A site that doesn’t educate you on their products and services shouldn’t be trusted. A site with only a phone number and no educational content turns into a phone pitch that leads to someone buying a product with uncertainty.
Take the time to read and understand the different DNA tests and what they determine.
DNA Testing Companies that have multiple locations in several different states may indicate that its a DNA brokerage firm. These companies sell, sell, sell. They try to close deals over the phone and often don’t deliver on their promises because of their company infrastructure.
Can a DNA Testing Clinic based out of Phoenix, Arizona provide the same expertise and quality as a local DNA Collection Clinic (in Brooklyn) when it comes references and local facilities like hospitals and social workers?
3. Work with DNA Testing Clinics that can get you in right away
You shouldn’t have to wait in line to get a paternity test. The actual collection appointment only lasts 10-15 minutes. You are seeking benefits that you’re entitled to, you can’t afford any extra time.
Also, make sure that the test results are available within 2-3 business days. Many companies will offer this option.
But make sure that 3 business days is their standard turnaround time and not an upsell (you’d have to pay more if it was). Most companies will offer the 3 business days option standard in their price, but if you need faster results, you will most likely need to pay extra for 24-hour turnaround.
4. Getting Court Admissible DNA Test Results
Most legal DNA test samples are taken by AABB Certified DNA Collectors. The certification ensures that the person taking the sample is educated on and follows the best collection practices in the business.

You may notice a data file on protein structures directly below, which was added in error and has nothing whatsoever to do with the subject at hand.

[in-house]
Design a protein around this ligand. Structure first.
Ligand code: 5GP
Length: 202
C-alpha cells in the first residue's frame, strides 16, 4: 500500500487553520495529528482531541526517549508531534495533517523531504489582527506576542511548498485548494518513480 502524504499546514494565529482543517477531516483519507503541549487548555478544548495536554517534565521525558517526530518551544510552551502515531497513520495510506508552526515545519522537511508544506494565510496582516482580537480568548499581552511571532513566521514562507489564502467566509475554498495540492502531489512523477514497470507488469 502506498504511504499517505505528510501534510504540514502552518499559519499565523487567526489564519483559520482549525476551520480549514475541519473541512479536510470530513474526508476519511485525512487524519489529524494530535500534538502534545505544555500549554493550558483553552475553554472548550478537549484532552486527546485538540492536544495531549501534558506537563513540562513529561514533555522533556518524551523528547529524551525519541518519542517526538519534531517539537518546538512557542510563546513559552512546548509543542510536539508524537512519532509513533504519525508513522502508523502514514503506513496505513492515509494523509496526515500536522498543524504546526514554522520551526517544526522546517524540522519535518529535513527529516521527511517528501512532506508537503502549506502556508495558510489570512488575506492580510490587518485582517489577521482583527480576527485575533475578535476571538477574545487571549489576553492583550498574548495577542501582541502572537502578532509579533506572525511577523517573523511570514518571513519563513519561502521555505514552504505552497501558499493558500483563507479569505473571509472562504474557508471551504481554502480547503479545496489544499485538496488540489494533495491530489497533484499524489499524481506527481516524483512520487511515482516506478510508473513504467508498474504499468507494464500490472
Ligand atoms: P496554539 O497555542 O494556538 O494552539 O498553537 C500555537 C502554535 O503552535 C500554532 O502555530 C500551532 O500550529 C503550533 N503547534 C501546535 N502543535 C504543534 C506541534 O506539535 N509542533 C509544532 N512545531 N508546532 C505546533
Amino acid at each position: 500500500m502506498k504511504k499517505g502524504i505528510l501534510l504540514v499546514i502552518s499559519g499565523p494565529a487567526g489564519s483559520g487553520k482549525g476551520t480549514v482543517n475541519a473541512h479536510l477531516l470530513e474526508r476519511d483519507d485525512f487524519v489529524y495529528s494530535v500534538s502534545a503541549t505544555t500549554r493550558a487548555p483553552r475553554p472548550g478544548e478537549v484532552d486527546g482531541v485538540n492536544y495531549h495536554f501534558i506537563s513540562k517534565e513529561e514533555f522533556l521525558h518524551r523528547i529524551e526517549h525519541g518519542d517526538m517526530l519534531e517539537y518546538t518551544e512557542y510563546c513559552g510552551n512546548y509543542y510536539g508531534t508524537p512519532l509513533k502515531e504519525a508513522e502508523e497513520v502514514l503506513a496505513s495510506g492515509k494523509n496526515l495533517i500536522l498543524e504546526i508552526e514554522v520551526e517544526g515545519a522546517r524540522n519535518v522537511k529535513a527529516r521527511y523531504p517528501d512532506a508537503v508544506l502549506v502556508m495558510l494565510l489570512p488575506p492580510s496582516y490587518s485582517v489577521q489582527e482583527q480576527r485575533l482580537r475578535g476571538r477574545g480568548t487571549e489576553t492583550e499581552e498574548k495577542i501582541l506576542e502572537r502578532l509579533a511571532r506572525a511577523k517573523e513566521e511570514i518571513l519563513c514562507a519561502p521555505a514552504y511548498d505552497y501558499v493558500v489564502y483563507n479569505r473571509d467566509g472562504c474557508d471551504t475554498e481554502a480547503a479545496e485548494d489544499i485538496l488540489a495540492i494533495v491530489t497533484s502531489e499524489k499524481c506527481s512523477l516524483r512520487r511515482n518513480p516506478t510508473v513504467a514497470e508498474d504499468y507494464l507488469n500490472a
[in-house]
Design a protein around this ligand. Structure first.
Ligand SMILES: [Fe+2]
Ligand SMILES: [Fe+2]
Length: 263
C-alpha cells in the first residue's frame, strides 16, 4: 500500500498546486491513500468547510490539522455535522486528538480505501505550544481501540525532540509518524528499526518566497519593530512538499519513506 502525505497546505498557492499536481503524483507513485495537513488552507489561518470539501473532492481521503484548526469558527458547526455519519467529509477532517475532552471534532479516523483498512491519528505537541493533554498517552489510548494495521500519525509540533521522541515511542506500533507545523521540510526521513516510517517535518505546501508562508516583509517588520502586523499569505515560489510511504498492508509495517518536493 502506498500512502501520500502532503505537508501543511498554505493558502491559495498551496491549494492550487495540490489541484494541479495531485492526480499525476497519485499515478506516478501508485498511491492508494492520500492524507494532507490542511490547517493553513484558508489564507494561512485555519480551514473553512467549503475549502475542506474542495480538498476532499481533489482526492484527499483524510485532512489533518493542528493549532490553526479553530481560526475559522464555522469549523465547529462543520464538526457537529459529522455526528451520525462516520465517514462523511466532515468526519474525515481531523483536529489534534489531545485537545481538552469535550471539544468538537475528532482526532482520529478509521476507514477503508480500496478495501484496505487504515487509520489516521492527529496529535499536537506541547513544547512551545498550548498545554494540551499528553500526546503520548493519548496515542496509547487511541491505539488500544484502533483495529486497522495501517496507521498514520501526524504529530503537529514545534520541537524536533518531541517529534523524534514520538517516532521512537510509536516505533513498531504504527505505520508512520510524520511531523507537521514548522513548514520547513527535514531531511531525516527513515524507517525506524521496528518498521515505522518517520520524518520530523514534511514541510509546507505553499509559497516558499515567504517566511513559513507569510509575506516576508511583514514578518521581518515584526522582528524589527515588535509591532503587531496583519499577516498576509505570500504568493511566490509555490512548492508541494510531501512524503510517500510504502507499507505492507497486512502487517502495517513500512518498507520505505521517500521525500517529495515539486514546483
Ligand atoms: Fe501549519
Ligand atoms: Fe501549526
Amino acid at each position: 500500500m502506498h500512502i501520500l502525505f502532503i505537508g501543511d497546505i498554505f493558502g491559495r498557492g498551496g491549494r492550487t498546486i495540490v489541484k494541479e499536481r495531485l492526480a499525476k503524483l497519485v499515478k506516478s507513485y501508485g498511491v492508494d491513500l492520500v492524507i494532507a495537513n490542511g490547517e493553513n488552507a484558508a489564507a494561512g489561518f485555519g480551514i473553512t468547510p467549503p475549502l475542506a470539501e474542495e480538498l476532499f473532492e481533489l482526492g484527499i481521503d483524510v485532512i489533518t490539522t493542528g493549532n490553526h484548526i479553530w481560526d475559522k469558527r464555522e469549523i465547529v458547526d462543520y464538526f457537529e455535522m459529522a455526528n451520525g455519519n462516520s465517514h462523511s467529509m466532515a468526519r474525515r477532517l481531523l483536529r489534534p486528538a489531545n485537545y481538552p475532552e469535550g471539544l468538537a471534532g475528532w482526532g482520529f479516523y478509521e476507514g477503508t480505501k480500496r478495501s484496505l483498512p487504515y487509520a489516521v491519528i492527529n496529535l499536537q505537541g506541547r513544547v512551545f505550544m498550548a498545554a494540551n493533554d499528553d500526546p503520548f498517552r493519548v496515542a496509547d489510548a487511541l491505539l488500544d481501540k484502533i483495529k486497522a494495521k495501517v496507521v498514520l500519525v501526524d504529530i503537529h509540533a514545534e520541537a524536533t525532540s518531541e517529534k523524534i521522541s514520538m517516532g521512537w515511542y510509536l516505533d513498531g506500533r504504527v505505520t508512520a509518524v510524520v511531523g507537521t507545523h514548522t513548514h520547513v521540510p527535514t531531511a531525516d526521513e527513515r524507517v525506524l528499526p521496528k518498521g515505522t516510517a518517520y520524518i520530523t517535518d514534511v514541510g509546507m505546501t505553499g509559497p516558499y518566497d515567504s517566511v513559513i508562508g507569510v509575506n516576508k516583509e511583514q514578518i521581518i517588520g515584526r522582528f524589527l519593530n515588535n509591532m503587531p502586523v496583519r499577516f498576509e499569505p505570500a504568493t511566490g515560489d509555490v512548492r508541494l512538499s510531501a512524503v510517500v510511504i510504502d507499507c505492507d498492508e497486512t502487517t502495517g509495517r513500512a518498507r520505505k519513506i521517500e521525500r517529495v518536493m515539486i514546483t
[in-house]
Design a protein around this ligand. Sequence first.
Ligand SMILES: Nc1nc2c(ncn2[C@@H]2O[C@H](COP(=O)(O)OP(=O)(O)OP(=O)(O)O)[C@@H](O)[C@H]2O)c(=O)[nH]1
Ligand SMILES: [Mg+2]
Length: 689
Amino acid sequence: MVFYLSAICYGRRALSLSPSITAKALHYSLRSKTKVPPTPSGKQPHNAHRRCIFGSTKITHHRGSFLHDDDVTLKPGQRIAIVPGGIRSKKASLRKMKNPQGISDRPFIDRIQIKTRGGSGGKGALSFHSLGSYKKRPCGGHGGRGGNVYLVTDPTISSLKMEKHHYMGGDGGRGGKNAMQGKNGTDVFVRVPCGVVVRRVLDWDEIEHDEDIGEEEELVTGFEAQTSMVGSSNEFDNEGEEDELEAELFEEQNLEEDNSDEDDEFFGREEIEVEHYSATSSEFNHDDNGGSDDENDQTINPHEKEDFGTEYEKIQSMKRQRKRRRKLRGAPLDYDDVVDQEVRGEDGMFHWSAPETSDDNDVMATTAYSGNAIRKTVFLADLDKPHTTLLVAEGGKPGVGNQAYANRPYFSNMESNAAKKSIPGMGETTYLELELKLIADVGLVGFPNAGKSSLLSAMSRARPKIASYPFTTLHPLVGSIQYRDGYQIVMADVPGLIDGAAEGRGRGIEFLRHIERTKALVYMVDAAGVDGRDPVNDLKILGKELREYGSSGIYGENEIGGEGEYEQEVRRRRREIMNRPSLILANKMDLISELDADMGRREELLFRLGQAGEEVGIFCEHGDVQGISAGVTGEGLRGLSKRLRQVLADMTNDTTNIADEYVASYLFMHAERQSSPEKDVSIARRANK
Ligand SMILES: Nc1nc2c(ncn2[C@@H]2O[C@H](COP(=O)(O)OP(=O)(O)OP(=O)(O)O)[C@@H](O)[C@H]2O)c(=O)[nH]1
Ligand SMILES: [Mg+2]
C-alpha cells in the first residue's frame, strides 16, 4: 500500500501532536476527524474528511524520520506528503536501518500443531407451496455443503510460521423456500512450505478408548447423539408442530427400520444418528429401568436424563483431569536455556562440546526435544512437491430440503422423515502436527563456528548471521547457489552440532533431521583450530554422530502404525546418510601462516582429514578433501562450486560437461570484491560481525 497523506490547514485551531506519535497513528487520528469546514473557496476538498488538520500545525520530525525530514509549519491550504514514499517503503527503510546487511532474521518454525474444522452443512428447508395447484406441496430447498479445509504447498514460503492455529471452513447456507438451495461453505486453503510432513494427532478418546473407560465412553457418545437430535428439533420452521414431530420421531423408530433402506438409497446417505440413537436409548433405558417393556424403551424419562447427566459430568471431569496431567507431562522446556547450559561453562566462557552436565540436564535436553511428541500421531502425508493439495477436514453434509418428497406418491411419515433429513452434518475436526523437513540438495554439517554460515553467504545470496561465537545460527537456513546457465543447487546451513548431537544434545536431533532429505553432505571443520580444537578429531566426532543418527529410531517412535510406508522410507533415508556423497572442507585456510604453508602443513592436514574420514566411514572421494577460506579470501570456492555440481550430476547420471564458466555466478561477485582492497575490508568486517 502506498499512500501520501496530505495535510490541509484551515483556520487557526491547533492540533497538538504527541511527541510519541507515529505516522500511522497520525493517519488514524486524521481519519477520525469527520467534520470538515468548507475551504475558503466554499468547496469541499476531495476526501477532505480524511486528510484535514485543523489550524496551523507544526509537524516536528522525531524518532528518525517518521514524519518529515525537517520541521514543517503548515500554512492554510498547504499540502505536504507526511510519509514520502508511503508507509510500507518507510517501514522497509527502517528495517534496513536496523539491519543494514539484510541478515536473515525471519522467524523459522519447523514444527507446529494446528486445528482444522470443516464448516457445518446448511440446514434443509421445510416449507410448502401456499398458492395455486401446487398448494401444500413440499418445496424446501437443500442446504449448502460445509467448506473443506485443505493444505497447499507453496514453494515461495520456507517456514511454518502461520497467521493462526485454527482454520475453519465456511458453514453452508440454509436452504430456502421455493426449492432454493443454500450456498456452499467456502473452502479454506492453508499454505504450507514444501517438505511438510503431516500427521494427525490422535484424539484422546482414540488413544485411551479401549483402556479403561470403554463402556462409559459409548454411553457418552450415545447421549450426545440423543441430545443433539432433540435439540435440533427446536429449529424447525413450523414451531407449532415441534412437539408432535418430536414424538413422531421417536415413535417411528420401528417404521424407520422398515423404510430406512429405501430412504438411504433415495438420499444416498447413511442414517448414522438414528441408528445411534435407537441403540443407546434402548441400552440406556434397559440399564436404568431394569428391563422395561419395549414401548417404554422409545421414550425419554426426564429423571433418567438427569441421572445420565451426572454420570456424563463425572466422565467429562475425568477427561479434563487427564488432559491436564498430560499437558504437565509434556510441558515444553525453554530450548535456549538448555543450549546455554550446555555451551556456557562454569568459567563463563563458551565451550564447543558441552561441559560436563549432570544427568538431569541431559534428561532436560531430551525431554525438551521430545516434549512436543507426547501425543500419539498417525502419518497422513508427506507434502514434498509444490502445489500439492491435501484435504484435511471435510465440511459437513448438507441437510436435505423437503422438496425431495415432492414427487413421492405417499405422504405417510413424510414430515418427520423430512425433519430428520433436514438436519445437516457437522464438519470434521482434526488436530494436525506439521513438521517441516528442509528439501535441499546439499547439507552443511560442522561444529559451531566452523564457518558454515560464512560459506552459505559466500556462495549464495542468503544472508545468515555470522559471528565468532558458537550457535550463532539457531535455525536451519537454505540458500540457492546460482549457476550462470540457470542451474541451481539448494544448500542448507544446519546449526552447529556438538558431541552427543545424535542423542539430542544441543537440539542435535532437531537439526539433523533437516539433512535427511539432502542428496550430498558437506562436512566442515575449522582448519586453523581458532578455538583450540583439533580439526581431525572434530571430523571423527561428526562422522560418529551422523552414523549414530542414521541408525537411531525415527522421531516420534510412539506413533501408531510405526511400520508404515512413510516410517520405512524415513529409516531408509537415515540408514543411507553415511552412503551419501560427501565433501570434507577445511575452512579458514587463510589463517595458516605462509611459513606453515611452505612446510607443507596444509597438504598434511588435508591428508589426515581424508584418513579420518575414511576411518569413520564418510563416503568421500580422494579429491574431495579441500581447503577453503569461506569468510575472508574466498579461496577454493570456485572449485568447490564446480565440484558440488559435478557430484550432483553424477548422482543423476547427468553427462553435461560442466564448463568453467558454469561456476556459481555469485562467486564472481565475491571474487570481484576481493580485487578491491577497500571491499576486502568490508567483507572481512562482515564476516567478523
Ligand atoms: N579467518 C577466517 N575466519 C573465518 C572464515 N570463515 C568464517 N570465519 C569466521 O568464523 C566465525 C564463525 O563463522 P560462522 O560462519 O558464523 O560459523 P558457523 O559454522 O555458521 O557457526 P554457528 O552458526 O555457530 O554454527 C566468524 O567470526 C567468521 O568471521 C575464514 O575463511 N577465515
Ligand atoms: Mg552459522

The proper way to take a DNA sample using cheek swabs:
1. While using latex gloves, the collector inserts one buccal swab inside each cheek of the DNA test participant.
2. The buccal swabs are rubbed gently against the inner lining of the cheek to make sure that cheek cells are gathered on the cotton head of the swab.
3. After removing the swab, it should be immediately placed in the collection envelope.
4. The DNA test participant and the collector both sign off on the details of the collection.
The collection envelope should be sent in the mail immediately to the AABB Accredited Laboratory. See the list of AABB Accredited Laboratories that we use.
If any of the chain of custody documentation is missing, it could result in the DNA sample being denied admittance in court.
That means you wasted your money. Make sure you work with collectors that follow the collection guidelines set by AABB, this lets you know that the collector is knowledgeable in the best practices of DNA collection.
This blog included a lot of information. It’s supposed to serve as a guide on how to choose a DNA testing service the right way.
If you still don’t understand the rules about court admissible evidence or chain of custody, consult your attorney. Good luck, and may your results be legal in court!
Not sure what to say on the phone call? Check out our infographic: How to Call a DNA Testing Company!